The land is quiet. The world is asleep. All around is still. No sound is heard save the lightly landing snow.
These are the short days of winter. Today is the darkest hour. The solstice is upon us; astrological winter has begun.
The world already knows the changes that have come. Plants lie dormant in the fields. Skeletons of last year’s growth remain as wind-battered sentinels above the white covering, an indicator of what species grew here in the warmer months. The animals, too, are hidden away; no tracks can be seen in the freshly fallen powder. Even the humans do not frequent these parts. The lone explorer presses along on skis, leaving behind an incriminating trail.
The winter sun vies for even a brief appearance through the clouds from its home low on the horizon. At these latitudes, it does not promise to linger long, if it even comes at all. Nevertheless, the fresh blanket of white reflects what little sunshine penetrates through the overcast skies. Beneath a firmament of gray, the land shines brilliantly bright. Such brilliance comes at the cost of the absorption of solar energy; the positive feedback cycle of winter cold is nearing its zenith, not to be broken until the sun shines more directly overhead once again.
Today the air is frigid. The illimitable cold turns the flakes falling from the sky light and airy. Super-frozen, they land delicately on the ground in a cottony pile. The lightest motion stirs up the powder like a coating of fine dust. Pick some up in your hand; you can blow the crystals of frozen water cleanly away. Taste some of the snowflakes; they melt instantly in your mouth.
Everywhere, the snow piles up. On tree branches, the fresh flakes land on top of one another in an acrobatic perch. The mere gravitational weight of the snowflakes causes them to deform, slowly melding the flakes together into a structural form. The smooth coating of white on everything makes the world look soft and inviting—comically rotund, perhaps—and radiantly white. How long has it been since movement disturbed these branches?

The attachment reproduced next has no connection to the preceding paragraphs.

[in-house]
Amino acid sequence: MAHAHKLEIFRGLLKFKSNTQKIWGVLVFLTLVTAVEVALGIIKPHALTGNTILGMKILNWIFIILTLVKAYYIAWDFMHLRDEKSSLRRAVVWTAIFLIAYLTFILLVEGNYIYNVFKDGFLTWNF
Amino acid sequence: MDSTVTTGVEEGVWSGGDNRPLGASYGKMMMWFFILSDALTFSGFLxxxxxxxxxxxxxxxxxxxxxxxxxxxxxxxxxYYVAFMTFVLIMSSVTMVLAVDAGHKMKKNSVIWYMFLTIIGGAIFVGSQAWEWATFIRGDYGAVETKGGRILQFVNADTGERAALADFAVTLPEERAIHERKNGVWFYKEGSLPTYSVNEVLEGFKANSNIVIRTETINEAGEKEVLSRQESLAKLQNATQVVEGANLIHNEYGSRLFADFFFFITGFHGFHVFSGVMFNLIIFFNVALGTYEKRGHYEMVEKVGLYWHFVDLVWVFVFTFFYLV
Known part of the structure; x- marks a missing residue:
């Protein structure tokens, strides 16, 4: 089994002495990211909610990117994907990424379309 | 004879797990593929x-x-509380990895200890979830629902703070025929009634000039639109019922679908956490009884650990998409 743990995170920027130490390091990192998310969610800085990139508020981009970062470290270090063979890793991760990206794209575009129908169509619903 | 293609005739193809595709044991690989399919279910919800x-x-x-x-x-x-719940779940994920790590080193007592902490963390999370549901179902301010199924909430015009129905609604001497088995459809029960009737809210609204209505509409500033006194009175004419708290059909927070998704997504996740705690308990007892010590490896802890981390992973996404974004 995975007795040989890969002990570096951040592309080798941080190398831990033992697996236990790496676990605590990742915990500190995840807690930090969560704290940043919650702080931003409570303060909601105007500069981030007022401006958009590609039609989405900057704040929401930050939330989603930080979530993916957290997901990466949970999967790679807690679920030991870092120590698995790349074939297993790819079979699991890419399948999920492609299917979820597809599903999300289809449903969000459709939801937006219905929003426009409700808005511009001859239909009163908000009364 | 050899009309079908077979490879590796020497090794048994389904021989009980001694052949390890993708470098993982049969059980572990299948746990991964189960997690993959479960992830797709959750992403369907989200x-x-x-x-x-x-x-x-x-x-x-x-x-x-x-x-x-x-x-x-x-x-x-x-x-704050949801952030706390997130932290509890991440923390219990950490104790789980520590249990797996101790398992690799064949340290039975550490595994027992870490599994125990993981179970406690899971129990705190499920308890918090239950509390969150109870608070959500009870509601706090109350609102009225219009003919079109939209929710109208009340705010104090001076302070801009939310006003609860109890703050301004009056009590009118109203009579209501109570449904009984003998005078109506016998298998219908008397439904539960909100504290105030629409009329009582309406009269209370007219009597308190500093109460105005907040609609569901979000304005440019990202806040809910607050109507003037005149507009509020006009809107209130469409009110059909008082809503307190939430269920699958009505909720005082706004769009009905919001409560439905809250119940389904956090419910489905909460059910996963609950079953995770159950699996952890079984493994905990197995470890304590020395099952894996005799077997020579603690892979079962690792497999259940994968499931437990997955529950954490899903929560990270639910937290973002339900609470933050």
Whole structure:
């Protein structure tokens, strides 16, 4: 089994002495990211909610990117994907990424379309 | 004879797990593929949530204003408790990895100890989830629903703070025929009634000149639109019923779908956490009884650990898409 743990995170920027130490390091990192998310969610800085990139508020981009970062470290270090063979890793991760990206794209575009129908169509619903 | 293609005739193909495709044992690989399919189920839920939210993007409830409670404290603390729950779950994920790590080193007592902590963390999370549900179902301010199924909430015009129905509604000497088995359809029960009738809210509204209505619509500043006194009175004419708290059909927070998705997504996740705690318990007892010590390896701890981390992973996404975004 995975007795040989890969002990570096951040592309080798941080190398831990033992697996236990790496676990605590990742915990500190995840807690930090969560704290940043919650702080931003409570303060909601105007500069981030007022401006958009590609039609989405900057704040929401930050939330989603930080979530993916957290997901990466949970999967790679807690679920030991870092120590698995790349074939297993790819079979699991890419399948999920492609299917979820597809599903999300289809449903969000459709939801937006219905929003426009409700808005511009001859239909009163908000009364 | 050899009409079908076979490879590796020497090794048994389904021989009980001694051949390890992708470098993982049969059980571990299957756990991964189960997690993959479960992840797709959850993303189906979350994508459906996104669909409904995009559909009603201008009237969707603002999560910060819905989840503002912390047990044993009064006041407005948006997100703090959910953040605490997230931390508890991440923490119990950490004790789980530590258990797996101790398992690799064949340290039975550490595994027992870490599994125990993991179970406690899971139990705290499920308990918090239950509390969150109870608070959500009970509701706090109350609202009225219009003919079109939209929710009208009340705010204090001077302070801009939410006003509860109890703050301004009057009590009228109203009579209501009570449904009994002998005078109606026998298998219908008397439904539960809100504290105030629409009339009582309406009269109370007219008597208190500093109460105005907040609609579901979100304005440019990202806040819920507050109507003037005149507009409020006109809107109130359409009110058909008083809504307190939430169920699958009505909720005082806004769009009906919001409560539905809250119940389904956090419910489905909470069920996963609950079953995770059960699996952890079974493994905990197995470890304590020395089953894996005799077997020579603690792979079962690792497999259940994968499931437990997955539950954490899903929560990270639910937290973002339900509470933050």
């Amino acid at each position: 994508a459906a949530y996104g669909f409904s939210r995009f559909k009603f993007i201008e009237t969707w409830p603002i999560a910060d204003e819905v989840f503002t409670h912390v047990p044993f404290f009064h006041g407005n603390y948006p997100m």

Though it is well below freezing, the small stream in the field remains unfrozen. The energy inherent in the motion of the water keeps the stream from solidifying, though snow flows in the water and ice nips at the edges. This creeping ice foreshadows the inevitable reach of the cold. It too, wants to cover over the stream, to cease even the motion of the water. For now, the water still flows. Water, in every state, is still flowing.
Nearby a chickadee flits around in the bushes. Now clothed in tones of dull gray, this year-round inhabitant matches the pale hue of the surrounding woods. The chickadee braces for the cold dark days of winter. It must vigilantly search for the stashes of seeds it has cached in the summer. Inactivity can quickly lead to a songbird’s demise.
The chickadee flies away just as quickly as it came. The world is once again still. No moving dares disrupt the hushed world. It is a time of waiting. Winter is here.
Photographs taken in Zeeland, Michigan
Posted on December 23, 2016, in Nature and tagged Michigan, Solstice, Winter. Bookmark the permalink. Leave a comment.
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